Stocks in Hong Kong and Taiwan rose on Thursday, bolstered by bets China's recovery will continue, while the U.S. dollar recovered from a three-week low against the euro ahead of the latest U.S. labor market report.
Major European stock futures were down 0.9 percent before the jobs data, while U.S. S&P 500 futures declined 0.3 percent.
The U.S. unemployment rate is forecast to rise to a 26-year high of 9.6 percent, which would test the most die-hard bulls on the extent of the recovery even after Wednesday's positive manufacturing figures from China, Europe and the United States.
Manufacturing data from the United States and other major economies came out quite solid, but investors remain cautious ahead of U.S. jobs data and corporate earnings, said Yoo Soo-min, a market analyst at Hyundai Securities in Seoul.
Japanese government bond futures cut their losses after a 2.1 trillion yen ($21.7 billion) auction of 10-year bonds meant to help Tokyo finance stimulus spending drew solid demand. That spread relief among investors worried bond yields may head higher in coming weeks.
Japan's Nikkei share average <.N225> slipped 0.6 percent but was not far from an eight-month high reached three weeks ago.
The MSCI index of Asia Pacific stocks outside Japan <.MIAPJ0000PUS> rose 0.5 percent, with strength concentrated in the technology and materials sectors.
Stocks in Taiwan rose 1.4 percent, outpacing the region as investors eager to gain exposure to Chinese economic growth prospects pushed the benchmark TAIEX index <.TWII> to a fresh one-month high.
Valuations of technology firms in Taiwan, on a 12-month forward price-to-earnings basis, have been coming down in the last few months and are currently around 23 times compared with 50 times in April, according to global estimates tracker I/B/E/S.
That has drawn investors to stocks such as mobile phone chipmaker Mediatek <2454.TW>, which was up 1.6 percent.
Hong Kong's Hang Seng <.HSI> climbed 1.2 percent, with shares of China Construction Bank up 2 percent <0939.HK> and providing the biggest boost to the index on expectations the pace of loan growth in China will remain rapid.
The U.S. dollar made up some lost ground against major currencies after it fell on Wednesday on news China was seeking debate on proposals for a new global reserve currency at next week's Group of Eight meeting.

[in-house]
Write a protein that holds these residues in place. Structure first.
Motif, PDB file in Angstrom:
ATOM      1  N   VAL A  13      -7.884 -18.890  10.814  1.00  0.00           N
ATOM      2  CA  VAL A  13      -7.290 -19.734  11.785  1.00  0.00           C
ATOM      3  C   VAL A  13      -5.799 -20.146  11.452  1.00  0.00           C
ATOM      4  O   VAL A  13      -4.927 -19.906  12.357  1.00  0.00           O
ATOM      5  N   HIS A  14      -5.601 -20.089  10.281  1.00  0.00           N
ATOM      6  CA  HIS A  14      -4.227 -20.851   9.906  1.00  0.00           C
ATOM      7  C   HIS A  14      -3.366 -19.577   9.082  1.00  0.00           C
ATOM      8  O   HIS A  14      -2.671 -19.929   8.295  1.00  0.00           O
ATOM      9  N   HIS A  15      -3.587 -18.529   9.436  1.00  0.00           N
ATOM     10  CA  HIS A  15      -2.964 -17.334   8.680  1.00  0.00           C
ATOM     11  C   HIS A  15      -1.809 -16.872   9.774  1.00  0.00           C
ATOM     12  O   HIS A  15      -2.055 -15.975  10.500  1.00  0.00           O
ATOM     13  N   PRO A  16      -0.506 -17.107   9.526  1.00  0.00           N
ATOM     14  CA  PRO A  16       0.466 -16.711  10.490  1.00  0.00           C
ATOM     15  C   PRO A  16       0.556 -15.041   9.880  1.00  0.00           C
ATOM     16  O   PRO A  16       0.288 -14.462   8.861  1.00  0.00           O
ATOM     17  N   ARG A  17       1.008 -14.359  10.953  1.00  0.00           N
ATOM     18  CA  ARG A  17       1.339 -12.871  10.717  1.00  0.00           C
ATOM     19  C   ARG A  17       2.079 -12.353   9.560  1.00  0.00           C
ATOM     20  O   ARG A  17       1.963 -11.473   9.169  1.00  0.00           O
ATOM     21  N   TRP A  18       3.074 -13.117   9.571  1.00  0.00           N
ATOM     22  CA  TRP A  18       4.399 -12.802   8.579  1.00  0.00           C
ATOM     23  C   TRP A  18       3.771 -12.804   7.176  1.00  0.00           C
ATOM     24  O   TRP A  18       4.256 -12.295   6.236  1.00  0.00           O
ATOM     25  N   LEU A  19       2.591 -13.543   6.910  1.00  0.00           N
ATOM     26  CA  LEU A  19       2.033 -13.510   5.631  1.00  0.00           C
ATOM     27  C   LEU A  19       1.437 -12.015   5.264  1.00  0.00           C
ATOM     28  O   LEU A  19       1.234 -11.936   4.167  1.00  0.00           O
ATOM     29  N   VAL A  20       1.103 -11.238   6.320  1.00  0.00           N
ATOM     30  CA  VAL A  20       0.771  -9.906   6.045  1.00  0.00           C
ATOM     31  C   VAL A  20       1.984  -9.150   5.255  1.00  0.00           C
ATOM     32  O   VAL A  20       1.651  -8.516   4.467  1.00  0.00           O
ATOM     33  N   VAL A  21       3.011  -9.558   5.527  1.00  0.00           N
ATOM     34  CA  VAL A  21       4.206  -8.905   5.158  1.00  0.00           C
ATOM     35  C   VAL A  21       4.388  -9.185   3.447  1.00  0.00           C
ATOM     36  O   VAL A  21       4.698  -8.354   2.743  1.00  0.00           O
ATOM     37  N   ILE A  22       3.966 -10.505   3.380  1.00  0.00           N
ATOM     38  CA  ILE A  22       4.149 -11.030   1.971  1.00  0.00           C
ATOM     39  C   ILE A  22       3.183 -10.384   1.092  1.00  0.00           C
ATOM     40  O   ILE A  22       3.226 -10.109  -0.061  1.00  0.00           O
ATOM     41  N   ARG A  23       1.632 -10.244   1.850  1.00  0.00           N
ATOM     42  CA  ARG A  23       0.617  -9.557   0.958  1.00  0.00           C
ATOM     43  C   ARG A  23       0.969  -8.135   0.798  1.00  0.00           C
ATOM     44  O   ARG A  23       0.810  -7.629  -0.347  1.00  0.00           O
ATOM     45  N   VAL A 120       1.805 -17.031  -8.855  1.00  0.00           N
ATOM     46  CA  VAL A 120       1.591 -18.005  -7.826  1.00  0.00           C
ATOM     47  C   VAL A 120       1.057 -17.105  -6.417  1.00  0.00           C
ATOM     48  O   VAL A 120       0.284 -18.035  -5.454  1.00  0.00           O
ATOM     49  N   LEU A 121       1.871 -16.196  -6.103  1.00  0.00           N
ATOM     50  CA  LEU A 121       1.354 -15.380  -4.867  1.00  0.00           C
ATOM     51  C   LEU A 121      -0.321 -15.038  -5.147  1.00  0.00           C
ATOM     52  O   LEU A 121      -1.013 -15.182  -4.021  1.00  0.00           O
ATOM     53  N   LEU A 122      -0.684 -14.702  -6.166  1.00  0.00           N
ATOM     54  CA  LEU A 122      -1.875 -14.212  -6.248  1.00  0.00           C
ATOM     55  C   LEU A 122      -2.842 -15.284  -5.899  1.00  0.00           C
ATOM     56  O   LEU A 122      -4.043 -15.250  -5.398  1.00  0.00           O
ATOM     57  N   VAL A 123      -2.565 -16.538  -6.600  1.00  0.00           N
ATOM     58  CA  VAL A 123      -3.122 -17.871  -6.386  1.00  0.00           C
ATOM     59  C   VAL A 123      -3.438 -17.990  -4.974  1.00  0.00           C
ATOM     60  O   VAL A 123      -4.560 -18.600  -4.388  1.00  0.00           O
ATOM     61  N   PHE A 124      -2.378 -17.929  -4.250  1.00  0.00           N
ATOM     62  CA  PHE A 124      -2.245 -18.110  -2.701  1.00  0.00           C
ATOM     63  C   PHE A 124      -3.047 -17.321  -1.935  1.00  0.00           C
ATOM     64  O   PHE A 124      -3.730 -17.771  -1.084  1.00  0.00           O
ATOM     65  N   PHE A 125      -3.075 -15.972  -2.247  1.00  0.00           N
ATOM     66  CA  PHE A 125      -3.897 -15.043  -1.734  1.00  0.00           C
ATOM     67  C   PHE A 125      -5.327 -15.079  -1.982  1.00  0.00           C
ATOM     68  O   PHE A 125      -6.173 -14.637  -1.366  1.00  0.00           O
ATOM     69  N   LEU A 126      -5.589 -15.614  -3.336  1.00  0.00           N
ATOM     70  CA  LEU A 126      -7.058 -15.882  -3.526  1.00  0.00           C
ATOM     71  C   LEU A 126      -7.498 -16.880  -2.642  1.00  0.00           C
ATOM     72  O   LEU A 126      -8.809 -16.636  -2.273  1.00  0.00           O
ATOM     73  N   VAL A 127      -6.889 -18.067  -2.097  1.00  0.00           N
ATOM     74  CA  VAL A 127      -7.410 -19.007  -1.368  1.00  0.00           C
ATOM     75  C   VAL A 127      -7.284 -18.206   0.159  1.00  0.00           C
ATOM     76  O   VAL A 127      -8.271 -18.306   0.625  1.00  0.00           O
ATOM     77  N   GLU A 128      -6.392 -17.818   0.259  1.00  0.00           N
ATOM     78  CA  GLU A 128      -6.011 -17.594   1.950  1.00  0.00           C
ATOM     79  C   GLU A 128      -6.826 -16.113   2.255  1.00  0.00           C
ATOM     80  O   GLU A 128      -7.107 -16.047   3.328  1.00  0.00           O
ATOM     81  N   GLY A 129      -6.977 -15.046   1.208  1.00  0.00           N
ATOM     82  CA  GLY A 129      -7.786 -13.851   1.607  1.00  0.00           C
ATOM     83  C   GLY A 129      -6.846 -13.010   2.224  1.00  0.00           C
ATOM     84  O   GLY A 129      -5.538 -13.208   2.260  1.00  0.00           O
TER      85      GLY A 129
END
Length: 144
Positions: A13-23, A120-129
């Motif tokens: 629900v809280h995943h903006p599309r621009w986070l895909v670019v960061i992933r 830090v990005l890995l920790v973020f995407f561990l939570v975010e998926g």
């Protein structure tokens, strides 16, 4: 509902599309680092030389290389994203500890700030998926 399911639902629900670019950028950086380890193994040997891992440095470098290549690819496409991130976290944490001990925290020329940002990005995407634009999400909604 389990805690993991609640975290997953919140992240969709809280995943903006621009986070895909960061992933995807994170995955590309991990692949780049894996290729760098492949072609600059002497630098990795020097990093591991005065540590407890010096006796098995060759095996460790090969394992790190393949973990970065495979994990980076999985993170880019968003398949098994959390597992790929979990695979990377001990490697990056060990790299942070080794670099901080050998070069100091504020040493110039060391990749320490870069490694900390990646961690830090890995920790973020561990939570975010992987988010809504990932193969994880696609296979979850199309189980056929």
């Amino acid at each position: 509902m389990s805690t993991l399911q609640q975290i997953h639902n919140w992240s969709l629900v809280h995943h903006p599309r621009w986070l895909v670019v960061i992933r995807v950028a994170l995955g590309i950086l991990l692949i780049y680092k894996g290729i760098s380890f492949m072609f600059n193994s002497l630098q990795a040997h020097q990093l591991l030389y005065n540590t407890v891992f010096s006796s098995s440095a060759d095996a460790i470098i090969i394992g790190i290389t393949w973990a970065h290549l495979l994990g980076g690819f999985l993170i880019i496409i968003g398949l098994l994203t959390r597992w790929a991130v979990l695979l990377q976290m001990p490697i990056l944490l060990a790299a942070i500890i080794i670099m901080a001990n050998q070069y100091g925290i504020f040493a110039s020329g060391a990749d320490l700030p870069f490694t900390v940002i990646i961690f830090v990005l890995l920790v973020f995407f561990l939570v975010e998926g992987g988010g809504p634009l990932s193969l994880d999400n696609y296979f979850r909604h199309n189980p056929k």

However, dealers were cautious about taking big positions ahead of the June U.S. employment report that is expected to show payrolls fell 363,000.
U.S. private employers slashed a bigger-than-expected 473,000 jobs in June, according to a report from ADP Employers Services on Wednesday, making the market wary that the government's data may show more losses than forecast.
The ADP number was worse than expected so now there might be some downside risk in payrolls which makes it harder to take large positions, said Yuki Sakasai, currency strategist at Barclays Bank Tokyo.
The euro was trading nearly unchanged on the day at $1.4134, having carved out a $1.4340 to $1.3750 range since hitting a high for the year on June 3.
The Australian dollar was down 0.3 percent to US$0.8065, weighed down after trade data showed a much larger-than-expected shortfall of A$556 million.
The 10-year Japanese government bond futures contract was basically flat on the day after the smooth auction results. It had been the first time the benchmark note's monthly sale topped 2.0 trillion yen -- psychologically a level which debt management officials have avoided in the past to encourage smooth market absorption when the issuance size has been hiked.
The end of the first half of the year saw heavy buying of JGBs, especially late maturities, narrowing the difference between the 10-year yield and the 2-year yield by 14 basis points in the last month.
The yield on the benchmark U.S. 10-year Treasury note was at 3.55 percent, roughly where it was at the end of New York's trading day on Wednesday.
U.S. light crude for August delivery slipped 0.2 percent to $69.20 a barrel, but still within sight of Tuesday's eight-month high of $73.38 a barrel.
The uncertain path of the U.S. economy as well as higher retail fuel prices in China and India were factors that have tempered oil's rise in the last few weeks.
(Additional reporting by Charlotte Cooper in TOKYO and Jungyoun Park in SEOULl; Editing by Tomasz Janowski)